Q: What type of training do our employees need to have to be prepared for the threat of violence?
A: Employees should be trained on what to do before, during and after a violence event.
Before: Perpetrators of violence often exhibit behavioral warning signs or broadcast their intent to commit a violent act. In fact, 80 % will leak or broadcast their intent to at least one person, and 60 % to two or more people, before a targeted deadly weapon event. These signs, if recognized, afford an opportunity for prevention. Employees are the eyes and ears of an organization and if they are trained to recognize behaviors of concern and report them, violence may be prevented.
During: Recognizing that every act of violence can’t be prevented, it is important to receive Critical Incident Response Training to know what to do and how to respond if a deadly weapon is brought into your facility. Most employees are trained on how to evacuate if there is a fire. A response to an armed intruder is completely different and also requires drills and practice. Lockdown is the response protocol to use when a threatening individual is inside your facility. In a ‘lockdown’ one can respond in three ways—evacuating–getting out; if not possible, protecting yourself in a room or location until help arrives; and finally, and only as a last resort, engaging with the assailant to try and stop them. Many organizations use the term ‘shelter in place’ instead of “Lockdown.” We recommend reserving ‘shelter in place’ for nonhuman threats such as weather events or an environmental exposure that is outside. In a Lockdown, evacuation may be one of your options, and from a response perspective, it is the opposite of ‘shelter in place.’ There is no roadmap as to which response to choose, as it will depend on where you are in relation to the assailant and how much time you think you have to take action. Critical incident response training helps to build muscle memory which kicks in when one is in a threatening situation and physiological reactions prevent seeing, hearing, and thinking optimally.
After: After a violence event occurs, there are many decisions to make, actions to take and words to say in order to protect people, brand, reputation, and more. Leadership needs to be trained on crisis and consequence management. The crisis itself lasts only hours or days. The consequences can last forever.
Q: What do we do if we suspect an employee may pose a threat?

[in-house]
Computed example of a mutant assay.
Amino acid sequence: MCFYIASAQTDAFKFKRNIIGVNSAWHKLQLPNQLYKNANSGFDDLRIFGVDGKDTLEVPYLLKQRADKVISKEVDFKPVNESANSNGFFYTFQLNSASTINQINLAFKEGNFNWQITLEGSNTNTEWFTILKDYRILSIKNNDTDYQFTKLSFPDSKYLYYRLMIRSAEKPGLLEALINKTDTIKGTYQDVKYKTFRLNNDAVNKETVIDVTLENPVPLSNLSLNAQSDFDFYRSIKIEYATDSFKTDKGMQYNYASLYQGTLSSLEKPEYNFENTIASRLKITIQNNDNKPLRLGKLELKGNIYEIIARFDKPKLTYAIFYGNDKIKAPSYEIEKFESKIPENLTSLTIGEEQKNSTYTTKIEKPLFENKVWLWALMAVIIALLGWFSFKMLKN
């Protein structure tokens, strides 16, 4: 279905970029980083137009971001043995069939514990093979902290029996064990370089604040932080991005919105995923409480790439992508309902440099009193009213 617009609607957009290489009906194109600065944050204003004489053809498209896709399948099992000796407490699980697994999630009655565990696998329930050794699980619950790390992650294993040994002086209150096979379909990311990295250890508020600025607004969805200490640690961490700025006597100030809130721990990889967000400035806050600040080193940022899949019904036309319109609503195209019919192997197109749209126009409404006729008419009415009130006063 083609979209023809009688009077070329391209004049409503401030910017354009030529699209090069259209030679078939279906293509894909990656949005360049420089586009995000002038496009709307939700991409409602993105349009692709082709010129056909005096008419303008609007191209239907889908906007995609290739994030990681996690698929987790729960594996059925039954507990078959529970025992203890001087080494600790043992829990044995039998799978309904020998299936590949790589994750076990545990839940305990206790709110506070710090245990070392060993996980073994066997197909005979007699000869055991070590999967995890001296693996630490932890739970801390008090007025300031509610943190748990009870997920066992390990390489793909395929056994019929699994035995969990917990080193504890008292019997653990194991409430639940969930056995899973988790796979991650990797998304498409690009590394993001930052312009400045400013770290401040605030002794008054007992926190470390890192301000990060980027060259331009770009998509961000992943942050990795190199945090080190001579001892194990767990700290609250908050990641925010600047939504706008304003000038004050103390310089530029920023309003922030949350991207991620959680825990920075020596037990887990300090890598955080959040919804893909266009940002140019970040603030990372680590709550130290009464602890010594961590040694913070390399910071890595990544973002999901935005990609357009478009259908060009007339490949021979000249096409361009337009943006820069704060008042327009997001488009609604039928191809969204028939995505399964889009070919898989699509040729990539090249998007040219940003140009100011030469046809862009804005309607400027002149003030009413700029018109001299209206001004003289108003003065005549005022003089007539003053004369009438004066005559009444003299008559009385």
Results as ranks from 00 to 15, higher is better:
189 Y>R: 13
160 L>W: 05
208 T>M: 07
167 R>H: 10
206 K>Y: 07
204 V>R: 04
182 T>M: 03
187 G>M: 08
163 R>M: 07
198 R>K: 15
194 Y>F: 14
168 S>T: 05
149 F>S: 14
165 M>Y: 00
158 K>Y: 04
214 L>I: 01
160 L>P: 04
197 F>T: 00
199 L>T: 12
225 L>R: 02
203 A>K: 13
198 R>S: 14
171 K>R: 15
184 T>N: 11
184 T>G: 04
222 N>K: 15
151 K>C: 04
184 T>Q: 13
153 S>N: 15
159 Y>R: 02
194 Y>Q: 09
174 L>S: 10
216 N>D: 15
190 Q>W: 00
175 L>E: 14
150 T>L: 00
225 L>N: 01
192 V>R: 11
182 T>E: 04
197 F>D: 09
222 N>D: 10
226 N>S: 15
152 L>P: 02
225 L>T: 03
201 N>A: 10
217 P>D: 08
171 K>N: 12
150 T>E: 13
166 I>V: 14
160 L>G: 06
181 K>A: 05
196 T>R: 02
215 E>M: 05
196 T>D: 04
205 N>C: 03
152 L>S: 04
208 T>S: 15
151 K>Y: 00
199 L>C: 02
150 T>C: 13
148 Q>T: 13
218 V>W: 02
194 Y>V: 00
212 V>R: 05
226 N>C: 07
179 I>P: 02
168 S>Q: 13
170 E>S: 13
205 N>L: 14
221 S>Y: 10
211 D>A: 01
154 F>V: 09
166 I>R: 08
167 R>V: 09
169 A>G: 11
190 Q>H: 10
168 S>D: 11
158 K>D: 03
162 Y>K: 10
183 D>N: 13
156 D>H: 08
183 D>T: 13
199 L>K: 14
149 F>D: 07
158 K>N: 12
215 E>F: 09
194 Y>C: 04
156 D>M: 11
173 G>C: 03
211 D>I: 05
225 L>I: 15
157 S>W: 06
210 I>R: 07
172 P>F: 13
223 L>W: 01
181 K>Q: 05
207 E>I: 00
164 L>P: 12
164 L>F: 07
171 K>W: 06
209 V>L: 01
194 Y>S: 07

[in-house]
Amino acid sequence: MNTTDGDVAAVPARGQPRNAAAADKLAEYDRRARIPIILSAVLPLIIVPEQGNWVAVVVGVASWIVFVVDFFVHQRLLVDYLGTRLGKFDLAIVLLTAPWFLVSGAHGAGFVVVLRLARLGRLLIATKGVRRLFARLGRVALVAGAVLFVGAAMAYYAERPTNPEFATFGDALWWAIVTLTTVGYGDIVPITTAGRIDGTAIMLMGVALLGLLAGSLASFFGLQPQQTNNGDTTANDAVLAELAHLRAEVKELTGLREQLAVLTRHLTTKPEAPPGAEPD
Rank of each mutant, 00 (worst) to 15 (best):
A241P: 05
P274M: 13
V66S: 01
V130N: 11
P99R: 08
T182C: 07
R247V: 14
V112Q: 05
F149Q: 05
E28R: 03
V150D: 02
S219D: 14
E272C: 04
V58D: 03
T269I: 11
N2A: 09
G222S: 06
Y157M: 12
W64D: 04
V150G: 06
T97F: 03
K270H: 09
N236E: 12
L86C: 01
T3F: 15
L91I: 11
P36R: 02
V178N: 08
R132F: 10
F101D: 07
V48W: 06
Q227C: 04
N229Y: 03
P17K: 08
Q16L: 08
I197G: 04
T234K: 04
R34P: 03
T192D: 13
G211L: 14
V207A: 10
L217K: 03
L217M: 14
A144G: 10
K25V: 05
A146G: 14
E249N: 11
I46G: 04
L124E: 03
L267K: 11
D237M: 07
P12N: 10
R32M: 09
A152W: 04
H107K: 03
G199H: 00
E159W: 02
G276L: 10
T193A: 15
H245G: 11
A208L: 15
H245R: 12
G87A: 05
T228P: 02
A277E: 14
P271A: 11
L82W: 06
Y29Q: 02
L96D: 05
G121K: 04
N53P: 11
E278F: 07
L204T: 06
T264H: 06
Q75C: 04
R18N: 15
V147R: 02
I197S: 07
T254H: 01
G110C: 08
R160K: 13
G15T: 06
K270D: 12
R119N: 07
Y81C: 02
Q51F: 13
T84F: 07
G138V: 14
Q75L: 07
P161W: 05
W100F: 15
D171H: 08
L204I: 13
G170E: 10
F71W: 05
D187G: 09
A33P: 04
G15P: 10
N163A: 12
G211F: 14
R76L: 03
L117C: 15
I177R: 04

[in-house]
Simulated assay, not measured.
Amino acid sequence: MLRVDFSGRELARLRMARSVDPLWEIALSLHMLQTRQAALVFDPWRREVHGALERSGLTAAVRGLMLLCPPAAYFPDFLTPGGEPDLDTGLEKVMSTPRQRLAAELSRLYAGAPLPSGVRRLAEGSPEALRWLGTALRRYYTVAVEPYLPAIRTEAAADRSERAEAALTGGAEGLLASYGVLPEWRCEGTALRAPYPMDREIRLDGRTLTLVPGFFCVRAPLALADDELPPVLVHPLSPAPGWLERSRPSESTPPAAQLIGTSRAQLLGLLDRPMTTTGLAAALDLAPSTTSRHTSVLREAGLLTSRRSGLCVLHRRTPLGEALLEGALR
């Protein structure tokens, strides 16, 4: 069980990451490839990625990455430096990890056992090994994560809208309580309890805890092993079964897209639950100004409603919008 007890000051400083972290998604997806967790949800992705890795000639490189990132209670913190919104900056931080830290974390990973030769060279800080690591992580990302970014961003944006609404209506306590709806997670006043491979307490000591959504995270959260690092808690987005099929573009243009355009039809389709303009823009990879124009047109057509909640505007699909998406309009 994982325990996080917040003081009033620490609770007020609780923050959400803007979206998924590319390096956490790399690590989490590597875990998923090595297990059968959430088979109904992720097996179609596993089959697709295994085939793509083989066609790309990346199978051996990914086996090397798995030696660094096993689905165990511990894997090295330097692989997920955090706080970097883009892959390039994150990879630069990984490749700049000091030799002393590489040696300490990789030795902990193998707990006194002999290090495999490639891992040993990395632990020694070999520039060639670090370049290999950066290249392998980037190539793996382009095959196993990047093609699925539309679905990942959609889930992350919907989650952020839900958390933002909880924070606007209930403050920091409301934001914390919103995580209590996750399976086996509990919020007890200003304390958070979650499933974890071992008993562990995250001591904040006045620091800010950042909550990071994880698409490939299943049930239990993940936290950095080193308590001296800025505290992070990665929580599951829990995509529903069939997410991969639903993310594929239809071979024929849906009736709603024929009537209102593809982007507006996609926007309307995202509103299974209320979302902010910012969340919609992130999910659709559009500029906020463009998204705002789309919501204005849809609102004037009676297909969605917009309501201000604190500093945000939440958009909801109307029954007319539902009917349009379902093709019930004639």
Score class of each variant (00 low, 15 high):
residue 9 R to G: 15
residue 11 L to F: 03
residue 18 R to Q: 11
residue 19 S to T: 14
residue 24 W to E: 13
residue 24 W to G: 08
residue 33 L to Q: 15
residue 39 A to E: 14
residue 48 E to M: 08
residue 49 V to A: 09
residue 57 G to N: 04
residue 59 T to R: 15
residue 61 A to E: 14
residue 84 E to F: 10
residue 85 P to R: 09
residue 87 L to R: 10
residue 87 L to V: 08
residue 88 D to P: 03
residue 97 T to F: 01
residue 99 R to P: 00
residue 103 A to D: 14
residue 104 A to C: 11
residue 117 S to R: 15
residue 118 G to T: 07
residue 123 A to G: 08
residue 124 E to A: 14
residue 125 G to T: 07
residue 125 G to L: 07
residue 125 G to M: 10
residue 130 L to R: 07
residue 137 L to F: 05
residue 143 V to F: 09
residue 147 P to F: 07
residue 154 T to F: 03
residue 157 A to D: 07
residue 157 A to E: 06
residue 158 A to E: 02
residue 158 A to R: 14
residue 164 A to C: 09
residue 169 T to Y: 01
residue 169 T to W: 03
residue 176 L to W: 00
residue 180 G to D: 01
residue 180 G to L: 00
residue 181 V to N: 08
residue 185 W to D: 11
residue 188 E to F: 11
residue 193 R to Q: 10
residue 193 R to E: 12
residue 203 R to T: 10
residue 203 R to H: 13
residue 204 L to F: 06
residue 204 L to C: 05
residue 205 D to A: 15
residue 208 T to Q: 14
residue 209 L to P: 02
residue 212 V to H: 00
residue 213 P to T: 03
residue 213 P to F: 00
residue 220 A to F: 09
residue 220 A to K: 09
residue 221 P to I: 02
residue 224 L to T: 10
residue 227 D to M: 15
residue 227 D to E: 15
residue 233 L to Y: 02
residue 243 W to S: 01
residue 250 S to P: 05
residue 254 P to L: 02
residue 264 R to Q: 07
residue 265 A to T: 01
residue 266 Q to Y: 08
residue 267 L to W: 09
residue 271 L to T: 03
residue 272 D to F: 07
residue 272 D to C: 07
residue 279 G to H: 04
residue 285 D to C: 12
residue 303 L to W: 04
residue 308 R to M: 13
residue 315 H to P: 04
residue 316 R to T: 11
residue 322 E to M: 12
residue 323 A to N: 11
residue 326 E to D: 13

A: The Deadly Weapon Protection Insurance Policy includes an endorsement called ‘Circumstance’. If you are dealing with a threatening individual or someone who exhibits behavioral warning signs that appear to be related to violence, contact CrisisRisk 24 x 7 on the number provided on the first page of your Deadly Weapon Protection Insurance policy for assistance. We will help you assess the threat level and determine next steps to be taken to mitigate the outcome. If you believe the threat is imminent, call 9-1-1 before calling CrisisRisk.
Q: If we experience a deadly weapon event, what type of help will we receive from CrisisRisk?
A: Organizations experiencing an event which impacts critical assets— people, brand and reputation— require immediate crisis response services, 24 x 7. How the first minutes and hours are managed will determine whether your organization is defined by what occurred. Critical decisions must be made. Victims and other stakeholders need to be identified, their needs must be evaluated and supported, messaging needs to be crafted, and media needs to be managed. This must occur rapidly to ensure critical assets are protected. Depending on what occurred, addition services may be needed such as intelligence monitoring, legal, investigation and security enhancement. If a violence event has occurred, CrisisRisk is there to help, 24 x 7.
Q: Who should be informed in your organization that a Deadly Weapon Protection Insurance policy is in place?
A: At a minimum, all site managers, HR professionals, security personnel, and others who would be contacted about a behavioral circumstance, threat of violence, or violence event. In the event of a circumstance, or an actual violence event, minutes count. Every location that is insured under the Deadly Weapon Protection Insurance policy should be provided with the 24 x 7 # to reach CrisisRisk.
Suzanne R. Loughlin
Co-Founder, General Counsel, CrisisRisk Strategies, LLC
Suzy has extensive consultative experience in crisis management and crisis communications on behalf of clients ranging from the world’s largest global companies to educational institutions and governmental entities. Suzy’s hands-on crisis management experience, combined with her training and practice in legal exposures, enables her to provide critical decision support to clients in urgent crisis events. Suzy is co-author of the book Disaster Ready People for A Disaster Ready America.